home life
It's hot - too hot to breathe or think or move - and I am sitting in an orchard talking to my friend Joanna. Apples and damsons hang, sticky and pungent, insects crackle and dither. Deep in the long grass, a tap hisses.

Joanna and I sit on the old swing. Well, a metal frame with two swings and a seesaw in the middle. The red paint has peeled and is scabbed with rust. The faded vinyl seat coverings puke yellowed foam. One of the feet is not pegged into the ground - swing properly and the whole thing judders, threatens to uproot.

Joanna is 36. We are 36. The swing is 36. To have come this far, we tell each other - would tell each other.

When Joanna was eight, her hair was so perfectly white her parents could find her at a glance in a crowd. Willing puberty to hit her, Joanna achieved breasts before I did; impressive pads of fat which bounced beneath her nipples when she jumped on the tumble-twist mat after a bath. Now Joanna's hair has darkened and demystified. Her breasts have fed two, maybe three babies (what would Joanna call her babies? Jessie? Oliver?) and, under her sleeveless, linen top, are not noticeably bigger than mine.

The tap hisses.

"Hot." Joanna blows a wisp of hair off her mouth. She gave up smoking a year ago. She's a vegetarian. She chews menthol gum, picks at her cuticles, worries away about the size of school classes, the size of her mortgage, her bum, her thighs.

Wasps are crawling in and out of a fallen damson, its flesh bite gapes. "Look at them," she says, "going at it."

The tap hisses. I consider Joanna's dirty, long-nailed big toe in its cream and blue rubber flip-flop. Flip-flop? Would she really still be wearing flip-flops at 36?

"Forget clothes," Jonathan interrupts. "You can fill all that in later. This woman's crying out for a dialogue - look at her, she's doing nothing, saying nothing."

"I find it difficult," I counter, "to know what she's saying."

"Give her an agenda."

"It's all very well for you."

"Stop trying to make it easy for yourself. Characters don't just sit and swing - they're angry, they're jealous, they want a screw, they want a new car. Cut to the chase."

Yes, but how do you bring someone back to life? When I was 13, Joanna frightened me. "Come up the stairs," she murmured. "And on the ninth step you'll feel something. I swear it."

"The ninth? What sort of something?"

She lit a joss-stick and grinned, showing the serrated edge of the new, big front tooth which was growing down to meet the other. The air filled with sandalwood. "Ninth step. Chicken are you?"

I reached the eighth. Joanna was on her haunches at the top. I could see the black gap between her thighs, the red Biro heart on her knee. I shut my eyes. As I lifted my foot to the ninth step, something soft brushed my neck and there was a low gasp of male laughter in my ear. I fell.

"A person died in this house," Joanna announced when we'd both been told off - her more than me because I was The Guest.

"How do you know?"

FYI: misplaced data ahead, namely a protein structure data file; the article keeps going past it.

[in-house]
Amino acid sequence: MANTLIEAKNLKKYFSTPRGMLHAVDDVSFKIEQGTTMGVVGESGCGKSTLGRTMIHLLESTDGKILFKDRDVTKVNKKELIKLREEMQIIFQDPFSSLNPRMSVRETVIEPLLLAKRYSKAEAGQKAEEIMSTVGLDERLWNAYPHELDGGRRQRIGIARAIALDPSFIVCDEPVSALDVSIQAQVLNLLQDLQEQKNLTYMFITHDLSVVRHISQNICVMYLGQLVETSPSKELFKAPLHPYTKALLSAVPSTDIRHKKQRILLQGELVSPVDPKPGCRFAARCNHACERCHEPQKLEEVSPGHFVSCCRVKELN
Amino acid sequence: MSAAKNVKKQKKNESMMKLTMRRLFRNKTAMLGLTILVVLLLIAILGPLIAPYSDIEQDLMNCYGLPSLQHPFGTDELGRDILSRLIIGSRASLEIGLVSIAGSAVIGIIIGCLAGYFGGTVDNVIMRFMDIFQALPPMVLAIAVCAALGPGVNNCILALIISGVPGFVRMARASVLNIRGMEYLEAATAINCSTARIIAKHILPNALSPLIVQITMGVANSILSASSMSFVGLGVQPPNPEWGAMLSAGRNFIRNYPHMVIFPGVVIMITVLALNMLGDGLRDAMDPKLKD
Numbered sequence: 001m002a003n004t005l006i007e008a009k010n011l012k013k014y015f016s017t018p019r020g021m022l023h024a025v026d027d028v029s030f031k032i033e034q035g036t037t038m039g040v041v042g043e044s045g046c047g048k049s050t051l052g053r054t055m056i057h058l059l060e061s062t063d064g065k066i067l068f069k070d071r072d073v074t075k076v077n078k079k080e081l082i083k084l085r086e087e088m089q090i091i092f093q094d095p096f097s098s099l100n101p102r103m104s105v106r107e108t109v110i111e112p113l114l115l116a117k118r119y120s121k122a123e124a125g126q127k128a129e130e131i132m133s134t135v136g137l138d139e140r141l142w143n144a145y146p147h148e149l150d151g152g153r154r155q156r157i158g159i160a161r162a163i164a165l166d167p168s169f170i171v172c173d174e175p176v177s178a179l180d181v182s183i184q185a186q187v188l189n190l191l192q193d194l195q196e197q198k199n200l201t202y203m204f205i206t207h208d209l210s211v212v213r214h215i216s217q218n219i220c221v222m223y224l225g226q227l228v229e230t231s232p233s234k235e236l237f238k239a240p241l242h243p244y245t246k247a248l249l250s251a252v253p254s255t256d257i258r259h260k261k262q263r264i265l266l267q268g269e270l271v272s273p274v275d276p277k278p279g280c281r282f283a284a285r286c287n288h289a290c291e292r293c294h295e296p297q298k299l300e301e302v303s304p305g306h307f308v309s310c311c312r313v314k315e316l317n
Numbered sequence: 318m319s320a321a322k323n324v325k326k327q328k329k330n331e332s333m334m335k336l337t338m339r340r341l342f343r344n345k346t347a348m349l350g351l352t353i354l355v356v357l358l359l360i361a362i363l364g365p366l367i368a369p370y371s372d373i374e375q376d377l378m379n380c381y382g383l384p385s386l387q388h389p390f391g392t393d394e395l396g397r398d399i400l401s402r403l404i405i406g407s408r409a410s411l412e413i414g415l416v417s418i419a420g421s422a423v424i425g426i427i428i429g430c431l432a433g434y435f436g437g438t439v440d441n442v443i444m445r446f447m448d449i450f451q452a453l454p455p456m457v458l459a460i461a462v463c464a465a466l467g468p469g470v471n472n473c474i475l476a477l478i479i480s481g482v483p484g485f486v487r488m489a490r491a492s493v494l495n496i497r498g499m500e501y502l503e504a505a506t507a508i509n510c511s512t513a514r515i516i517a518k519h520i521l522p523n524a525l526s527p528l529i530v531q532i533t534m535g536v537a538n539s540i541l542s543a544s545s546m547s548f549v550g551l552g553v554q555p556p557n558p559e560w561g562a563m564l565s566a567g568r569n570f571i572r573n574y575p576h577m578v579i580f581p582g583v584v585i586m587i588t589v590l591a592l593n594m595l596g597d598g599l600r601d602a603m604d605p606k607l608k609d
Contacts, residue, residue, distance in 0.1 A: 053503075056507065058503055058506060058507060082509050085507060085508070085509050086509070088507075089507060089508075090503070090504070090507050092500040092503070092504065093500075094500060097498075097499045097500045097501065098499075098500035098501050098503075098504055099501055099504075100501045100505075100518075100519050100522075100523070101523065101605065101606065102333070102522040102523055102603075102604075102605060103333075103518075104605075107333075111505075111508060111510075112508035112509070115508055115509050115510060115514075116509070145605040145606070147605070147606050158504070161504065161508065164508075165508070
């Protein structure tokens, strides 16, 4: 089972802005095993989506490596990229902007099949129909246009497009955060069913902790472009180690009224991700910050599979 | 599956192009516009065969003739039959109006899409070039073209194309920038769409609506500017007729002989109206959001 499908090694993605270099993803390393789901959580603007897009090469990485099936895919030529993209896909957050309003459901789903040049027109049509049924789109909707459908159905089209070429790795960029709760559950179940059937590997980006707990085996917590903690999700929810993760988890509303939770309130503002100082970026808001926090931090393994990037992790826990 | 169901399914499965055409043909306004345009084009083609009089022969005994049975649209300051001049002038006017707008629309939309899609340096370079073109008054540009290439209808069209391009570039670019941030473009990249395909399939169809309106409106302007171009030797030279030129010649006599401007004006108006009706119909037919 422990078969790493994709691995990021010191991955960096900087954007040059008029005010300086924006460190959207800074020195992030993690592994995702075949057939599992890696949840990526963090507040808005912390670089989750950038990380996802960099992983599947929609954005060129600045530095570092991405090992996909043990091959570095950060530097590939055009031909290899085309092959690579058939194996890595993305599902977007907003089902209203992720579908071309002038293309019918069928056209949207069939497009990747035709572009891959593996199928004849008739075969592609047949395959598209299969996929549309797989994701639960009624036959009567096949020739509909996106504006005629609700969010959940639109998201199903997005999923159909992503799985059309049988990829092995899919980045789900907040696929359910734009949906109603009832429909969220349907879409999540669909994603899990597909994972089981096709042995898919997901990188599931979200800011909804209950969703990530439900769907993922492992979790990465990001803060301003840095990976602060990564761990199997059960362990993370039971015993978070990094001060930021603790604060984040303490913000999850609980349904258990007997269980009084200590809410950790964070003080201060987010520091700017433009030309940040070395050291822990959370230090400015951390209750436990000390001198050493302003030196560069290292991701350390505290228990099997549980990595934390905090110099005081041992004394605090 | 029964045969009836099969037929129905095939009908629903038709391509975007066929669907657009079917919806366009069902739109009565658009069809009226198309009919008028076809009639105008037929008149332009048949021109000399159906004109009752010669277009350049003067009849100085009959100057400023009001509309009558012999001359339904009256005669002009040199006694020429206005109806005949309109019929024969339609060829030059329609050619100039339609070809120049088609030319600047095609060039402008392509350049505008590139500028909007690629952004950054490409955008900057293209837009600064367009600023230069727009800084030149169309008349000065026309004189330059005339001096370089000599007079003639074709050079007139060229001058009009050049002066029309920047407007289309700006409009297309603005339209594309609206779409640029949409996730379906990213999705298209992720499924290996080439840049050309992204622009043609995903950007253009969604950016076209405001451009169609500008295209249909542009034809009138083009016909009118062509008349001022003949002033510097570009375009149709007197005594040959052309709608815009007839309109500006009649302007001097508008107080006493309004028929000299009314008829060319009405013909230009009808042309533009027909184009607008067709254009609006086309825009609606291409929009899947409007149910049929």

"Spirits came and told me."

She was lying, of course. She learned to lie at boarding school, where survival depends on what you can make others believe. She's lying now. The tap is hissing and she's telling me lies to get me on her side. "I envied you," she says, cocking her head, narrowing her eyes, "because you did well at school and your parents were divorced."

"Hang on," says Jonathan, "I thought you said her parents got divorced at the same time as yours? And what's all this about the tap? Get real. If it had been hissing all this time, you'd be knee deep in water by now."

"You're so literal," I protest, "I like the idea. It sounds good. It's the sound of Joanna's and my childhood."

"Where is this orchard, anyway? Talk about overworked cliches: middle- class rural idyll. Come back Virginia Woolf, all is forgiven. Next thing there'll be a quote from Plath at the top."

"OK, I made the orchard up."

"No, really?"

"And it's Joanna, the one who died. She died when she was 15."

"Right, now we've got something happening. Being dead for 21 years is what I call an agenda."

"I don't want to get into that. I want to imagine her now, a grown-up."

Joanna and me in the orchard, a place of hissing water and heat and shadow and damsons with their hearts chewed out. Joanna was the first person I knew who actually died, except for our family doctor. But that wasn't the same. He wasn't real. I didn't know his skin grain or his secrets like I knew Joanna's.

Occasionally, if you hold your breath and half close your eyes, you can almost convince yourself you've written someone back. The right words can begin to make them seem quite rounded, almost whole. "Don't you think?" I ask Jonathan, knowing I'll get a lower second, at best.

A wasp is fussing at the window in my study, mouthing up the glass and then down again, bumping on the sill. "Anyway, you're breaking your own rule," - he's enjoying this - "you're writing about writing. Worse, you're writing about being a writer. I told you that's why Karaoke was so dull."

"Hmm. I'll start again then."

I am sitting in an orchard talking to my friend. Let's give her a new name ... Anna?